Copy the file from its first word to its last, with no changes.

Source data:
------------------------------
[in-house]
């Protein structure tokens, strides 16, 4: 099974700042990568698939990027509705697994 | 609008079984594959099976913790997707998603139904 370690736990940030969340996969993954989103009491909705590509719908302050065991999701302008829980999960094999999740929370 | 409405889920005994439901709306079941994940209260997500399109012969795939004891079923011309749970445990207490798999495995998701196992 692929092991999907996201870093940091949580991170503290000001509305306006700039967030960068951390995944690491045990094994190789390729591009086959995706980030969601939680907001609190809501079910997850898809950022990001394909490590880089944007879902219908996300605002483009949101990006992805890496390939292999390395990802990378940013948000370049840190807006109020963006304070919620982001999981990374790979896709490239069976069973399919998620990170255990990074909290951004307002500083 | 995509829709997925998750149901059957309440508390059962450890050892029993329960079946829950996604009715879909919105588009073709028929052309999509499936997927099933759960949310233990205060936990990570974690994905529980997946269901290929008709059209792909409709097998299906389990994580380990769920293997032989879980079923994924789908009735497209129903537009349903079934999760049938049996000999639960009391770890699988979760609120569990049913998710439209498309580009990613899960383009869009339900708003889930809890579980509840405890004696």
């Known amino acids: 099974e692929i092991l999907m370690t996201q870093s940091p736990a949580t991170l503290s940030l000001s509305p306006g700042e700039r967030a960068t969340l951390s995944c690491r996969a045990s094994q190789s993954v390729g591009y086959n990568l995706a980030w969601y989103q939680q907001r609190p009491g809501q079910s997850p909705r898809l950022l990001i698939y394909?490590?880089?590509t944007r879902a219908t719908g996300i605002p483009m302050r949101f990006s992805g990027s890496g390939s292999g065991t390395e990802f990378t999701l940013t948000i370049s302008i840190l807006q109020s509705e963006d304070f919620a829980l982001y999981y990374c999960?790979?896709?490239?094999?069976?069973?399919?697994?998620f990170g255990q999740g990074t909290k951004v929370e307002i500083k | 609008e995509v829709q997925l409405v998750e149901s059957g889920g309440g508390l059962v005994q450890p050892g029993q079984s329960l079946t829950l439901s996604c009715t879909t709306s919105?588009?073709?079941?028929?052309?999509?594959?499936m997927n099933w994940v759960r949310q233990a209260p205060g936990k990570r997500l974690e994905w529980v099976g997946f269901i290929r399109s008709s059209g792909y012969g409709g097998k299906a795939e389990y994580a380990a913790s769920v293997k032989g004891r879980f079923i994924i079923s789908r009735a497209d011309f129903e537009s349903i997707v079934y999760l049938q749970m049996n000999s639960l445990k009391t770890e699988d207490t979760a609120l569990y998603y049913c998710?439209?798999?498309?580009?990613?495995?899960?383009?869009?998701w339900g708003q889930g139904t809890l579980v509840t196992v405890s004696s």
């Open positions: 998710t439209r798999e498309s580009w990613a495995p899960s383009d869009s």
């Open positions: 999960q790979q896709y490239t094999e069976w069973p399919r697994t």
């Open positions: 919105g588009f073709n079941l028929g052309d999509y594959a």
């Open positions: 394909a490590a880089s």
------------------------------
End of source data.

[in-house]
């Protein structure tokens, strides 16, 4: 099974700042990568698939990027509705697994 | 609008079984594959099976913790997707998603139904 370690736990940030969340996969993954989103009491909705590509719908302050065991999701302008829980999960094999999740929370 | 409405889920005994439901709306079941994940209260997500399109012969795939004891079923011309749970445990207490798999495995998701196992 692929092991999907996201870093940091949580991170503290000001509305306006700039967030960068951390995944690491045990094994190789390729591009086959995706980030969601939680907001609190809501079910997850898809950022990001394909490590880089944007879902219908996300605002483009949101990006992805890496390939292999390395990802990378940013948000370049840190807006109020963006304070919620982001999981990374790979896709490239069976069973399919998620990170255990990074909290951004307002500083 | 995509829709997925998750149901059957309440508390059962450890050892029993329960079946829950996604009715879909919105588009073709028929052309999509499936997927099933759960949310233990205060936990990570974690994905529980997946269901290929008709059209792909409709097998299906389990994580380990769920293997032989879980079923994924789908009735497209129903537009349903079934999760049938049996000999639960009391770890699988979760609120569990049913998710439209498309580009990613899960383009869009339900708003889930809890579980509840405890004696």
């Known amino acids: 099974e692929i092991l999907m370690t996201q870093s940091p736990a949580t991170l503290s940030l000001s509305p306006g700042e700039r967030a960068t969340l951390s995944c690491r996969a045990s094994q190789s993954v390729g591009y086959n990568l995706a980030w969601y989103q939680q907001r609190p009491g809501q079910s997850p909705r898809l950022l990001i698939y394909?490590?880089?590509t944007r879902a219908t719908g996300i605002p483009m302050r949101f990006s992805g990027s890496g390939s292999g065991t390395e990802f990378t999701l940013t948000i370049s302008i840190l807006q109020s509705e963006d304070f919620a829980l982001y999981y990374c999960?790979?896709?490239?094999?069976?069973?399919?697994?998620f990170g255990q999740g990074t909290k951004v929370e307002i500083k | 609008e995509v829709q997925l409405v998750e149901s059957g889920g309440g508390l059962v005994q450890p050892g029993q079984s329960l079946t829950l439901s996604c009715t879909t709306s919105?588009?073709?079941?028929?052309?999509?594959?499936m997927n099933w994940v759960r949310q233990a209260p205060g936990k990570r997500l974690e994905w529980v099976g997946f269901i290929r399109s008709s059209g792909y012969g409709g097998k299906a795939e389990y994580a380990a913790s769920v293997k032989g004891r879980f079923i994924i079923s789908r009735a497209d011309f129903e537009s349903i997707v079934y999760l049938q749970m049996n000999s639960l445990k009391t770890e699988d207490t979760a609120l569990y998603y049913c998710?439209?798999?498309?580009?990613?495995?899960?383009?869009?998701w339900g708003q889930g139904t809890l579980v509840t196992v405890s004696s």
């Open positions: 998710t439209r798999e498309s580009w990613a495995p899960s383009d869009s």
């Open positions: 999960q790979q896709y490239t094999e069976w069973p399919r697994t």
């Open positions: 919105g588009f073709n079941l028929g052309d999509y594959a």
């Open positions: 394909a490590a880089s």